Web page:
The 7.0 magnitude earthquake that flattened Haiti’s capital city last January may signal a new era of seismic activity in the Caribbean. According to geologists, the quake activated a fault system that had lain virtually dormant for at least 150 years.
Along with relief workers, geologists from the United States and Haiti raced to the quake’s epicenter, using gps devices to determine exactly how the land had moved. Their field surveys reveal that Hispaniola, Jamaica, and other islands in the Caribbean sit atop a network of interlocking faults far more complex than geologists had earlier understood, according to a series of papers published last October. Until then, scientists had assumed the Haiti earthquake involved a simple shift along the Enriquillo-Plantain Garden fault zone, a well-defined, 300-mile boundary between the North American and Caribbean plates.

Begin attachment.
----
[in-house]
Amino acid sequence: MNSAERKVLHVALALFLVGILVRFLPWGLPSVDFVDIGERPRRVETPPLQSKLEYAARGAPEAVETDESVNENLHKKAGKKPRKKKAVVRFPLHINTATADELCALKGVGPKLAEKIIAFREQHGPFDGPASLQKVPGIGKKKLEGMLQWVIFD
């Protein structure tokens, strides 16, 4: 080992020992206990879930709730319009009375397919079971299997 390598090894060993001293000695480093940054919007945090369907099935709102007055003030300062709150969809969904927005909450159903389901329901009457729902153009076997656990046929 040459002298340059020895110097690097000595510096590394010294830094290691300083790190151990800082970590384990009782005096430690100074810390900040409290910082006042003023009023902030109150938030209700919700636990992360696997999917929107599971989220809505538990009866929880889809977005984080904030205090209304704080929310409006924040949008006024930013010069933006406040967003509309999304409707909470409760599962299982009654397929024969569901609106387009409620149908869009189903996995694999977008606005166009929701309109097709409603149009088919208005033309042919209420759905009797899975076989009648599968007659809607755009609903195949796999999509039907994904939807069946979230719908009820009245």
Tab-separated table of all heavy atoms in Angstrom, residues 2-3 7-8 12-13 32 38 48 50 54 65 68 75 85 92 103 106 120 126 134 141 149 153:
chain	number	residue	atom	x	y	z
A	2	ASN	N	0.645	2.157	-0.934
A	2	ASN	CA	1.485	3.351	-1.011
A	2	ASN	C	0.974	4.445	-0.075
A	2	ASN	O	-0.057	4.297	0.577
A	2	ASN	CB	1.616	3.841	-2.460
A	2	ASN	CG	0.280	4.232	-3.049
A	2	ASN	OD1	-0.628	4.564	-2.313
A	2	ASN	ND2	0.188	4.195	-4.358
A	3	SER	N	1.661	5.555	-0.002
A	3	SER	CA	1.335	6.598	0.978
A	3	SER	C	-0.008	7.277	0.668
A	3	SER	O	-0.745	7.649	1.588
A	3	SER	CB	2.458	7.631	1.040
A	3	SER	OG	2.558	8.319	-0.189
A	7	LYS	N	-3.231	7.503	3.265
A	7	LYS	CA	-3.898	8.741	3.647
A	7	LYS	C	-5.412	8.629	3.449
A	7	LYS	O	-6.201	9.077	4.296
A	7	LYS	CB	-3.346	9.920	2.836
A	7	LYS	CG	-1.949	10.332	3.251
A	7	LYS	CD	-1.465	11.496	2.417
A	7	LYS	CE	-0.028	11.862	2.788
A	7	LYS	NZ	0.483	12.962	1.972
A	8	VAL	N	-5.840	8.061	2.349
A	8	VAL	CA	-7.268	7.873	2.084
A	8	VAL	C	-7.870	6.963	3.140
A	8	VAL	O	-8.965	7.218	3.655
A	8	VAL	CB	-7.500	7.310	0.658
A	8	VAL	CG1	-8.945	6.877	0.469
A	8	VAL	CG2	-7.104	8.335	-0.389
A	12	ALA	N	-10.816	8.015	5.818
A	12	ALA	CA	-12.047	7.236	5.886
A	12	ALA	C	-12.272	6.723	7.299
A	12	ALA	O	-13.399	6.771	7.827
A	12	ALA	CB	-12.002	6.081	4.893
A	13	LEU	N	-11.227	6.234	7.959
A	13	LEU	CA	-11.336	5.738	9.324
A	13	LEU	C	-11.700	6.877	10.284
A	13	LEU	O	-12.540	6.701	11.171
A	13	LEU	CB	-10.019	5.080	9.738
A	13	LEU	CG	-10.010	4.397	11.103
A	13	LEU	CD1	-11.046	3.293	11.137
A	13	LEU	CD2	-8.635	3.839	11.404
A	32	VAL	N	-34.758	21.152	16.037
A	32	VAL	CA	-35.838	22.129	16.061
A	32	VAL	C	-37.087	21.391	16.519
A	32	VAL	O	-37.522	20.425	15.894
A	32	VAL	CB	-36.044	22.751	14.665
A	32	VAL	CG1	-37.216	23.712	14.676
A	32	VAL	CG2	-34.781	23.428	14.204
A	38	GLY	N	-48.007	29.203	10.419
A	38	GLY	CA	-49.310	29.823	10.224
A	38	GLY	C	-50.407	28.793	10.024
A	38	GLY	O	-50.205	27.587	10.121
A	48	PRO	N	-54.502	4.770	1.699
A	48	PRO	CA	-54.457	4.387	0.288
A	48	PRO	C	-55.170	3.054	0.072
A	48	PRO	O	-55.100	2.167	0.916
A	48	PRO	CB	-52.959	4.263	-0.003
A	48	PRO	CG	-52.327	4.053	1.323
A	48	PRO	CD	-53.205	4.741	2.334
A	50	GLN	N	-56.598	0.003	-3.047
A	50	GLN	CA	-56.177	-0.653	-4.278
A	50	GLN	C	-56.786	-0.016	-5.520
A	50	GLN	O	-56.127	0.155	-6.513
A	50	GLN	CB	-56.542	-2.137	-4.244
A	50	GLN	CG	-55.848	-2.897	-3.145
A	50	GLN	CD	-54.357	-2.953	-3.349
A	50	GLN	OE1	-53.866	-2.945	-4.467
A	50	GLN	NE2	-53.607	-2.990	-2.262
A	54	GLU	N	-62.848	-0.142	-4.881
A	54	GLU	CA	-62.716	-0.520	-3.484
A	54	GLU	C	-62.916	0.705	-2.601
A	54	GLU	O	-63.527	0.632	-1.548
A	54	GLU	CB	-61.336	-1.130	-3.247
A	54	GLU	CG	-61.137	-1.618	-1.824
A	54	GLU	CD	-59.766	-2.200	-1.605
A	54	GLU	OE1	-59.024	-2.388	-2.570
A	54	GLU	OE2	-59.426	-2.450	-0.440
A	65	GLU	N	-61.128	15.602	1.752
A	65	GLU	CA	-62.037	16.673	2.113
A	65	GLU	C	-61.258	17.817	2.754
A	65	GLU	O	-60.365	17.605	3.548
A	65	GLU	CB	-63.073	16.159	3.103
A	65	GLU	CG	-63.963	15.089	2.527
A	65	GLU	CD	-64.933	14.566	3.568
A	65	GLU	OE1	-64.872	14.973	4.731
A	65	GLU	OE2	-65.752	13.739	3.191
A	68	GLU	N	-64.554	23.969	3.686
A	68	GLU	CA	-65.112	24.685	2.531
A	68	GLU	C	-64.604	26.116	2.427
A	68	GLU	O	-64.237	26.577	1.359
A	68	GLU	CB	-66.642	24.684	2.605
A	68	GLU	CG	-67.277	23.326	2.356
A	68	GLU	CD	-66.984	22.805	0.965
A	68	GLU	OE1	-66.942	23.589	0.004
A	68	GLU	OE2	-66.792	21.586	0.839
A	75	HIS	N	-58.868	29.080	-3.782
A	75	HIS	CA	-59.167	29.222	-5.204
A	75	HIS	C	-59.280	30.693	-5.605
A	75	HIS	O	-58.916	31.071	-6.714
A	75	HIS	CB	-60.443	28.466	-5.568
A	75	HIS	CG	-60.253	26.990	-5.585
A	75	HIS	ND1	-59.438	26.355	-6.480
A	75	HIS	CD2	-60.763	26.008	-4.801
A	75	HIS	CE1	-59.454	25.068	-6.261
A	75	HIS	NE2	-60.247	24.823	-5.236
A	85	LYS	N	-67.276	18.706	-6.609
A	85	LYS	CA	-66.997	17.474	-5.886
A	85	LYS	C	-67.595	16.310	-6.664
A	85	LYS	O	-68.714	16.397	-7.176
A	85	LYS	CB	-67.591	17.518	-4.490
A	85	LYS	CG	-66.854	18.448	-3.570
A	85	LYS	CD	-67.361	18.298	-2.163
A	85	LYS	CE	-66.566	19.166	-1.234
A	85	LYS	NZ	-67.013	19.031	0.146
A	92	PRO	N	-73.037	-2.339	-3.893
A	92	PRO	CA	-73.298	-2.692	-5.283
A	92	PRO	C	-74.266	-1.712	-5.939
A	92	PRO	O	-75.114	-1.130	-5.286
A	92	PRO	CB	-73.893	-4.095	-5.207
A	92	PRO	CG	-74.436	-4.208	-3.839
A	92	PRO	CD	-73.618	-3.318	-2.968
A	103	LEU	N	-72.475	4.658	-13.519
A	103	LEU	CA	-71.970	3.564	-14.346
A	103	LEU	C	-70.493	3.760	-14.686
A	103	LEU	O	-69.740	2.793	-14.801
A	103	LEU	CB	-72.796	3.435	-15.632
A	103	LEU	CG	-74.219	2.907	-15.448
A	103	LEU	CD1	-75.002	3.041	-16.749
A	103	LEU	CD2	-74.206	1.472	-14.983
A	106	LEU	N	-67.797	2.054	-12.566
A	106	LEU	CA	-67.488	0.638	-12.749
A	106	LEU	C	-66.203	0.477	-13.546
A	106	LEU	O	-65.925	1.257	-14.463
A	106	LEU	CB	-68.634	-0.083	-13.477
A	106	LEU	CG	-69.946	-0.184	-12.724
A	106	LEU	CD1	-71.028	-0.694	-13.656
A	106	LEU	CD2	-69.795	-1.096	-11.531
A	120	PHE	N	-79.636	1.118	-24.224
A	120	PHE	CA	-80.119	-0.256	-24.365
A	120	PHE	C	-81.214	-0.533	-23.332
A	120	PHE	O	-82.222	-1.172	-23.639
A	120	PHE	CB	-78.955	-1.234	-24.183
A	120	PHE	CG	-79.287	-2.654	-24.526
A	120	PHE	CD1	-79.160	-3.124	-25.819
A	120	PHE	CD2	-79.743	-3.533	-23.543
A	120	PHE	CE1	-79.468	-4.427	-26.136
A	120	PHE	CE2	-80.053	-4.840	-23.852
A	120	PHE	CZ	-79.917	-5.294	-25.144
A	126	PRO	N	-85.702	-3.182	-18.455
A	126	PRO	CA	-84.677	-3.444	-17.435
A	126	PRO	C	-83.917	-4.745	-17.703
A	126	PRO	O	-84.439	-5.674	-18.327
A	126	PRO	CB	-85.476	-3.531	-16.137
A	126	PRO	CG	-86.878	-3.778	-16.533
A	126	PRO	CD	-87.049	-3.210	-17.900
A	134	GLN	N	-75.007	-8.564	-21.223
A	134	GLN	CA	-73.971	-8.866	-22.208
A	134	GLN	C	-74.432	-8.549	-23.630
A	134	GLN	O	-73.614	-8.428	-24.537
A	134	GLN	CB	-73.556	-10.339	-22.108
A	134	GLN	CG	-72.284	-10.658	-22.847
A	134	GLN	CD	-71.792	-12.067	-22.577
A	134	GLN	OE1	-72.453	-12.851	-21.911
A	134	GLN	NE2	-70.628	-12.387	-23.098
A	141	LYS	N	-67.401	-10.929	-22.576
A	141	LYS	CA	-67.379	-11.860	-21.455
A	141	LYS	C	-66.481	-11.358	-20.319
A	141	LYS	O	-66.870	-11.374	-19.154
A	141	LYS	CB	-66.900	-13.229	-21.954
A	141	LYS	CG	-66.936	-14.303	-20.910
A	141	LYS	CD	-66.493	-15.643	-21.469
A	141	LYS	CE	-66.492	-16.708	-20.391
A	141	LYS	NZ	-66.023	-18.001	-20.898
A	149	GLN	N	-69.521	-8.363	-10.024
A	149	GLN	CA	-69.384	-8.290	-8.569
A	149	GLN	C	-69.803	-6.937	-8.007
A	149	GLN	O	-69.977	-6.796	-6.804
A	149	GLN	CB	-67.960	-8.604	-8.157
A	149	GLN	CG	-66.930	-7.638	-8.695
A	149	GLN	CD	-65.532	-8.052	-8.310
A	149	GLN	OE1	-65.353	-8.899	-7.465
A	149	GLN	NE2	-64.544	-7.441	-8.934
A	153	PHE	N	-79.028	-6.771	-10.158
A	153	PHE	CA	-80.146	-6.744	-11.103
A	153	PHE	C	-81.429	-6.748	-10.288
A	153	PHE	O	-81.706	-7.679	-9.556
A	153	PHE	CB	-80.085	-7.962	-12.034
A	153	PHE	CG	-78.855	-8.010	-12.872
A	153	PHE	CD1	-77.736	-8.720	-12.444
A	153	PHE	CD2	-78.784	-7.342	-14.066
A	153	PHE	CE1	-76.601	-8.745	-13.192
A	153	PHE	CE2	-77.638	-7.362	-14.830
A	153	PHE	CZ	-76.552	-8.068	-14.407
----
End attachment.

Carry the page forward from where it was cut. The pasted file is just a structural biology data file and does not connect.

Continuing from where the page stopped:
The surveys suggest instead that the Haiti quake may have ruptured primarily along a previously unmapped fault. Either way, the data show that the January tremor did not release all the stress that has accumulated in the fault system over hundreds of years. “That’s the most troubling part—the region is primed for another quake,” says Paul Mann, a geologist at the University of Texas at Austin Institute for Geophysics.
Haiti’s quake has also demonstrated that strike-slip faults, which create mostly horizontal motions, can set off landslides and giant tsunamis (usually associated with faults that move in a vertical, thrusting motion). The lesson is that cities like Los Angeles that lie on strike-slip faults could face big waves after even a moderate earthquake.
“Anywhere you have a lot of people living at sea level and a fault capable of triggering a landslide under the ocean, you have all the components for a disaster,” Mann says.